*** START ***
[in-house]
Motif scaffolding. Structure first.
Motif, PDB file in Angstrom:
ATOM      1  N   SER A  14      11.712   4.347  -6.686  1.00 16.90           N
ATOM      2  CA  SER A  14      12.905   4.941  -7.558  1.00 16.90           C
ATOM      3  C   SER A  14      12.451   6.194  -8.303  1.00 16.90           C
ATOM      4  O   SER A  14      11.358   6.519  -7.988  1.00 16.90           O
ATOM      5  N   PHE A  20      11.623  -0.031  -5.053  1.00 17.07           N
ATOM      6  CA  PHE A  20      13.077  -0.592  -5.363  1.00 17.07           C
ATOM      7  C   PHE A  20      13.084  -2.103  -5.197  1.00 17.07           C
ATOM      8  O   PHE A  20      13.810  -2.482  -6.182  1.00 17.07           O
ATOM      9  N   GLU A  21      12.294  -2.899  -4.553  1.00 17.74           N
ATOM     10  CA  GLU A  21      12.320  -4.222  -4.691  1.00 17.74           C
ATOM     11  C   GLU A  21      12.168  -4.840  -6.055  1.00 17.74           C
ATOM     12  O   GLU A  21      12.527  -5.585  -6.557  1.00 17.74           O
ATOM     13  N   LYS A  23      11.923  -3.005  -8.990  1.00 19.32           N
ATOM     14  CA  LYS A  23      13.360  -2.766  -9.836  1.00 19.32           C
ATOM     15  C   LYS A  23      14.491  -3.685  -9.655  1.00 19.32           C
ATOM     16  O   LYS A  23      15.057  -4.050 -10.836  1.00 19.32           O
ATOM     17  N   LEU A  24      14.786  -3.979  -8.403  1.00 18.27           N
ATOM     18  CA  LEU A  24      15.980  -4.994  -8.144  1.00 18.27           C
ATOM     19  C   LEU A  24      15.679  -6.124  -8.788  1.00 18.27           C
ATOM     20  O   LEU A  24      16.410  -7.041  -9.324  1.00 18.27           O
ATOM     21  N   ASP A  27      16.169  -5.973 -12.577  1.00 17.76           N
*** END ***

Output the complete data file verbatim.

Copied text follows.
[in-house]
Motif scaffolding. Structure first.
Motif, PDB file in Angstrom:
ATOM      1  N   SER A  14      11.712   4.347  -6.686  1.00 16.90           N
ATOM      2  CA  SER A  14      12.905   4.941  -7.558  1.00 16.90           C
ATOM      3  C   SER A  14      12.451   6.194  -8.303  1.00 16.90           C
ATOM      4  O   SER A  14      11.358   6.519  -7.988  1.00 16.90           O
ATOM      5  N   PHE A  20      11.623  -0.031  -5.053  1.00 17.07           N
ATOM      6  CA  PHE A  20      13.077  -0.592  -5.363  1.00 17.07           C
ATOM      7  C   PHE A  20      13.084  -2.103  -5.197  1.00 17.07           C
ATOM      8  O   PHE A  20      13.810  -2.482  -6.182  1.00 17.07           O
ATOM      9  N   GLU A  21      12.294  -2.899  -4.553  1.00 17.74           N
ATOM     10  CA  GLU A  21      12.320  -4.222  -4.691  1.00 17.74           C
ATOM     11  C   GLU A  21      12.168  -4.840  -6.055  1.00 17.74           C
ATOM     12  O   GLU A  21      12.527  -5.585  -6.557  1.00 17.74           O
ATOM     13  N   LYS A  23      11.923  -3.005  -8.990  1.00 19.32           N
ATOM     14  CA  LYS A  23      13.360  -2.766  -9.836  1.00 19.32           C
ATOM     15  C   LYS A  23      14.491  -3.685  -9.655  1.00 19.32           C
ATOM     16  O   LYS A  23      15.057  -4.050 -10.836  1.00 19.32           O
ATOM     17  N   LEU A  24      14.786  -3.979  -8.403  1.00 18.27           N
ATOM     18  CA  LEU A  24      15.980  -4.994  -8.144  1.00 18.27           C
ATOM     19  C   LEU A  24      15.679  -6.124  -8.788  1.00 18.27           C
ATOM     20  O   LEU A  24      16.410  -7.041  -9.324  1.00 18.27           O
ATOM     21  N   ASP A  27      16.169  -5.973 -12.577  1.00 17.76           N